The 747-400ER is the same size as today's 747-400, but can either fly farther or carry more payload. The airplane has an increased takeoff weight of 910,000 pounds (412,770 kilograms) -- 35,000 pounds (15,876 kilograms) more than the existing 747-400 airplane.

That extra takeoff weight allows operators to fly about 500 miles (805 kilometers) farther or carry 15,000 pounds (6,800 kilograms) more passengers or cargo, a key capability on demanding long-haul Pacific routes such as Melbourne-Los Angeles. The key to additional range is a series of new fuselage fuel tanks.


https://boeing.mediaroom.com/2002-10-30 ... o-Qantas,1
 
ZK-NBT
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Re: Did QF buy the B744ER specifically for the MEL-LAX route?

Tue Aug 11, 2020 1:32 am

For the record QF launched MEL-LAX in October 1999 6 weeks before UA did the same, UA had announced they were doing it a few weeks before QF, both ran a daily 744 MEL-AKL-LAX prior to that, QF used its newest 3 RR powered 744s and the 3 second hand GE aircraft most of the time as they had slightly improved performance over the older 744s. They did this until the 744ER was ordered. UA lasted 18 months but the PW 744s took to much of a hit, they went back to via AKL and then several years via SYD until 2014/15 when they got the 789 and did LAX-MEL non stop again.

The ER was purchased by QF for routes like MEL-LAX where it was exclusively used 99.9% of the time, the rest of the ER fleet was usually on routes like LAX-SYD but sometimes JNB, there was a brief period I remember when they were new that they appeared on AKL-LAX a bit and also LHR routes. They had also planned DFW via AKL when the ER was ordered but that never happened, I think they saw better yield in doing DFW non stop from Australia. A regular 744 could have done DFW-AKL, probably with a few seats blocked in winter.
 
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MrHMSH
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Re: Did QF buy the B744ER specifically for the MEL-LAX route?

Tue Aug 11, 2020 2:03 pm

LAX772LR wrote:
tullamarine wrote:
VA is unlikely to return to the route for at least 3 years.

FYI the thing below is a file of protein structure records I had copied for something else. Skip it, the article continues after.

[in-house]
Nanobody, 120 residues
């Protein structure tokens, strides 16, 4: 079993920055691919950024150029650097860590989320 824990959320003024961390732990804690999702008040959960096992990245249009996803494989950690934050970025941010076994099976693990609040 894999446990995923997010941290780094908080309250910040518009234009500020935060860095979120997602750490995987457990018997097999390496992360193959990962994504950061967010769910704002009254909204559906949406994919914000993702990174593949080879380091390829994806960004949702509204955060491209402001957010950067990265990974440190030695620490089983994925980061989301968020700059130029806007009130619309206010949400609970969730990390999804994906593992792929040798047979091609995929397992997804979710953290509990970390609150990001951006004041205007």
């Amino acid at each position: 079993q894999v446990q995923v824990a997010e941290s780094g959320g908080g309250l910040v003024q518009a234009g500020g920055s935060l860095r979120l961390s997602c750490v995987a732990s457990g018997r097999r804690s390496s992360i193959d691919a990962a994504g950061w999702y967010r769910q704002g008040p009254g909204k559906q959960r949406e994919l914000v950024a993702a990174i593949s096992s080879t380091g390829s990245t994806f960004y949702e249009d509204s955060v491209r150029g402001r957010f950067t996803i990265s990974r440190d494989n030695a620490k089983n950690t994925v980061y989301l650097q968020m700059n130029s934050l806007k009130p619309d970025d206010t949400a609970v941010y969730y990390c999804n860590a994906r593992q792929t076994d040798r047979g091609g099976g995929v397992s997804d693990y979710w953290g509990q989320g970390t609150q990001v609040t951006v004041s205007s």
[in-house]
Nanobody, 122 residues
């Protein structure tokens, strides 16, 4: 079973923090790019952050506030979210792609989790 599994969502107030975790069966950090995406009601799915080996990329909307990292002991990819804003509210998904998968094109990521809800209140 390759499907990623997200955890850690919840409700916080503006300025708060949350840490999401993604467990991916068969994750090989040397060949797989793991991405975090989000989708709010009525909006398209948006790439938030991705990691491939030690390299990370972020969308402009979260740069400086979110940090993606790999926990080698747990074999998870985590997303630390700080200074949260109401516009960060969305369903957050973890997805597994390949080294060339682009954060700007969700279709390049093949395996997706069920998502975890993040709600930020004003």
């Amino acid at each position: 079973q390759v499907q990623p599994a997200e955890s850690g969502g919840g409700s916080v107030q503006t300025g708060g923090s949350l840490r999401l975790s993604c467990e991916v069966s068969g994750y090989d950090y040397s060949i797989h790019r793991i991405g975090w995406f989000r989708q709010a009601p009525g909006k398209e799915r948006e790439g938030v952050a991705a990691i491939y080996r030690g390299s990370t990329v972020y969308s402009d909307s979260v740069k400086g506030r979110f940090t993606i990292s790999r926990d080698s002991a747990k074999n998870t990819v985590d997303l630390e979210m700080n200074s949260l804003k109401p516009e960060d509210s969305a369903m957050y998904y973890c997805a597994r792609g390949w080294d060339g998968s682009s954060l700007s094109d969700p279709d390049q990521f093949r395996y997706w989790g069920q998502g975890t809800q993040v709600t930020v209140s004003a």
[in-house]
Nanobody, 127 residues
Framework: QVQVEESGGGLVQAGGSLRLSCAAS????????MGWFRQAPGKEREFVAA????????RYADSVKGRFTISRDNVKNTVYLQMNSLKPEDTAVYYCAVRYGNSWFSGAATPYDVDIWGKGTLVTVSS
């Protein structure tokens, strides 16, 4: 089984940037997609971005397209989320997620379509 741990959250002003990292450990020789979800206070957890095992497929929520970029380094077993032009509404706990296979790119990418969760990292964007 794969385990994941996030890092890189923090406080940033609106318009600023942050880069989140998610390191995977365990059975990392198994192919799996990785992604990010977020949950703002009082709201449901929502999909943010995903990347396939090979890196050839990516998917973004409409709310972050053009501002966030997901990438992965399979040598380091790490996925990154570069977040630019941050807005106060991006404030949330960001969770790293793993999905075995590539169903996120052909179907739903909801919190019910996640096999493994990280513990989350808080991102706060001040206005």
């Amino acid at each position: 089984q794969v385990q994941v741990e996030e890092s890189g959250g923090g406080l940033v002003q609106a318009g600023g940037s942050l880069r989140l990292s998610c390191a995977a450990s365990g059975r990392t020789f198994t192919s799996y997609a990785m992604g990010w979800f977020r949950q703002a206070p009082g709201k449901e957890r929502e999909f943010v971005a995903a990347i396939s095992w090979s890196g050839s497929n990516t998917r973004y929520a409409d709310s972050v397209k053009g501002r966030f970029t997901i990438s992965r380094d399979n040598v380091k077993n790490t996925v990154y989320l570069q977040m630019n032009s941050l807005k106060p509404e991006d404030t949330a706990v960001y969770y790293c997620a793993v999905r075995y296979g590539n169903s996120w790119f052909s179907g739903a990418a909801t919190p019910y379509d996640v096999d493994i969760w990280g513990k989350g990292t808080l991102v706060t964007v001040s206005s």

Probably going to be a lot longer than that, seeing as they're apparently giving up all of their widebodies. If anything, they'll probably have DL step in for them.


Using an A359 with fuel stops in HNL, NAN, AKL, SYD and CBR, presumably.
 
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vhtje
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Re: Did QF buy the B744ER specifically for the MEL-LAX route?

Tue Aug 11, 2020 2:09 pm

I will always remember taking off from SYD on 07 in June 2000 in a QF 747-438 heading to LAX. I was surprised - amazed - that a 747-400 could take off from runway 07 - 2,530m - for such a long flight. I assume it wouldn't have been full laden? How much runway does a full-laden 747-400 need?
I only turn left when boarding aircraft. Well, mostly. All right, sometimes. OH OKAY - rarely.
 
DylanHarvey
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Re: Did QF buy the B744ER specifically for the MEL-LAX route?

Tue Aug 11, 2020 3:30 pm

MrHMSH wrote:
LAX772LR wrote:
tullamarine wrote:
VA is unlikely to return to the route for at least 3 years.

Probably going to be a lot longer than that, seeing as they're apparently giving up all of their widebodies. If anything, they'll probably have DL step in for them.


Using an A359 with fuel stops in HNL, NAN, AKL, SYD and CBR, presumably.

This had me rolling lmao. Maybe one in WLG too.
 
FriscoHeavy
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Re: Did QF buy the B744ER specifically for the MEL-LAX route?

Tue Aug 11, 2020 4:38 pm

vhtje wrote:
I will always remember taking off from SYD on 07 in June 2000 in a QF 747-438 heading to LAX. I was surprised - amazed - that a 747-400 could take off from runway 07 - 2,530m - for such a long flight. I assume it wouldn't have been full laden? How much runway does a full-laden 747-400 need?



That is very impressive, but it probably wasn't at 'fully-laden' going Eastbound. Very heavy, certainly, but not at MTOW.

SYD is also at sea level and what would have been winter down in Australia, meaning cooler temperatures.